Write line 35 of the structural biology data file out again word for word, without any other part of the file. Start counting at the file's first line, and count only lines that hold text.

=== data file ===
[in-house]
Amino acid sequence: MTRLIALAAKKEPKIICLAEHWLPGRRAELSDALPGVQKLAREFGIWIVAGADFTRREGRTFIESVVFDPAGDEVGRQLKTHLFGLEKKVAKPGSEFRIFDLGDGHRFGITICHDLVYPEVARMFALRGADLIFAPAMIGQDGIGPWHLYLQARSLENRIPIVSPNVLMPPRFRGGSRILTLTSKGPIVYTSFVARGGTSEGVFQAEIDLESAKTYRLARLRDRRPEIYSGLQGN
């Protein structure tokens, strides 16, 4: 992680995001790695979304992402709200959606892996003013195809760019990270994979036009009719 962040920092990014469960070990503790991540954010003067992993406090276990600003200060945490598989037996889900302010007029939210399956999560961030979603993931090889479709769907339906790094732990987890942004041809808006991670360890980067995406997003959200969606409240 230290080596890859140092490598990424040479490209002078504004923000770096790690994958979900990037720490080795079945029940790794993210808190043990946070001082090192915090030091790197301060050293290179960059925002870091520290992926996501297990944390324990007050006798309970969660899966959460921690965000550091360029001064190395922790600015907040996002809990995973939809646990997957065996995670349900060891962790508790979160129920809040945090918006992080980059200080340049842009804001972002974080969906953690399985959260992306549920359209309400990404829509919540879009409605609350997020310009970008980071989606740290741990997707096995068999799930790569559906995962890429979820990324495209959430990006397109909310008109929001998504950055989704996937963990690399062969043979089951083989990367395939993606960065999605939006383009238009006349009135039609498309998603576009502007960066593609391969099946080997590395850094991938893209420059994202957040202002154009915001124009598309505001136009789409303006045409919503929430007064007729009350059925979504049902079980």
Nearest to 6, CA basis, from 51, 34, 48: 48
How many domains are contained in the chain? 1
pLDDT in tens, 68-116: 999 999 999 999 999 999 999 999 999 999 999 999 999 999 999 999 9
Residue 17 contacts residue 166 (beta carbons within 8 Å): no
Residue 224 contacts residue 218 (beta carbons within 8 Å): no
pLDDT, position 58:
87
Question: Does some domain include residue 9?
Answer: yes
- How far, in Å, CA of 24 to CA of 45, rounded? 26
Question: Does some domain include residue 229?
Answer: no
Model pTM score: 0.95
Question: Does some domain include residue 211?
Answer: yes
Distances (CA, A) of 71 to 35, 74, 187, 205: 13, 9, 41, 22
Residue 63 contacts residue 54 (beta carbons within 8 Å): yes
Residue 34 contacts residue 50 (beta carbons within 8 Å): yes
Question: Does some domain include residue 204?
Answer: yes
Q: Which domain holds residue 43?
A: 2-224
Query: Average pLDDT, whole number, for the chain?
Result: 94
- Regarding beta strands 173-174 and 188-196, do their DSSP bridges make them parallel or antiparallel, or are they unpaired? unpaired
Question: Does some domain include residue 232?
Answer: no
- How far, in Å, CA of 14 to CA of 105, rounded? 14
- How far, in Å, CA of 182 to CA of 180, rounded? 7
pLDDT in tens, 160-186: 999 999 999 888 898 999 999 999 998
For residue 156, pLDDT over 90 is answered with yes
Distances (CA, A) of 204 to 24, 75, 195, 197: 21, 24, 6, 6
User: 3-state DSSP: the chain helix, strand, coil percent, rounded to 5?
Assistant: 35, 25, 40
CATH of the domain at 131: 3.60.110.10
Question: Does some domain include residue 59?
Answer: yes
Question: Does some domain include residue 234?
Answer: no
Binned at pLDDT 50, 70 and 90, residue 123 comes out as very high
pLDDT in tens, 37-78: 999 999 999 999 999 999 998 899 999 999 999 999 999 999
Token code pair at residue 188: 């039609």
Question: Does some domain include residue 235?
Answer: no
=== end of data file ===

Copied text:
Distances (CA, A) of 204 to 24, 75, 195, 197: 21, 24, 6, 6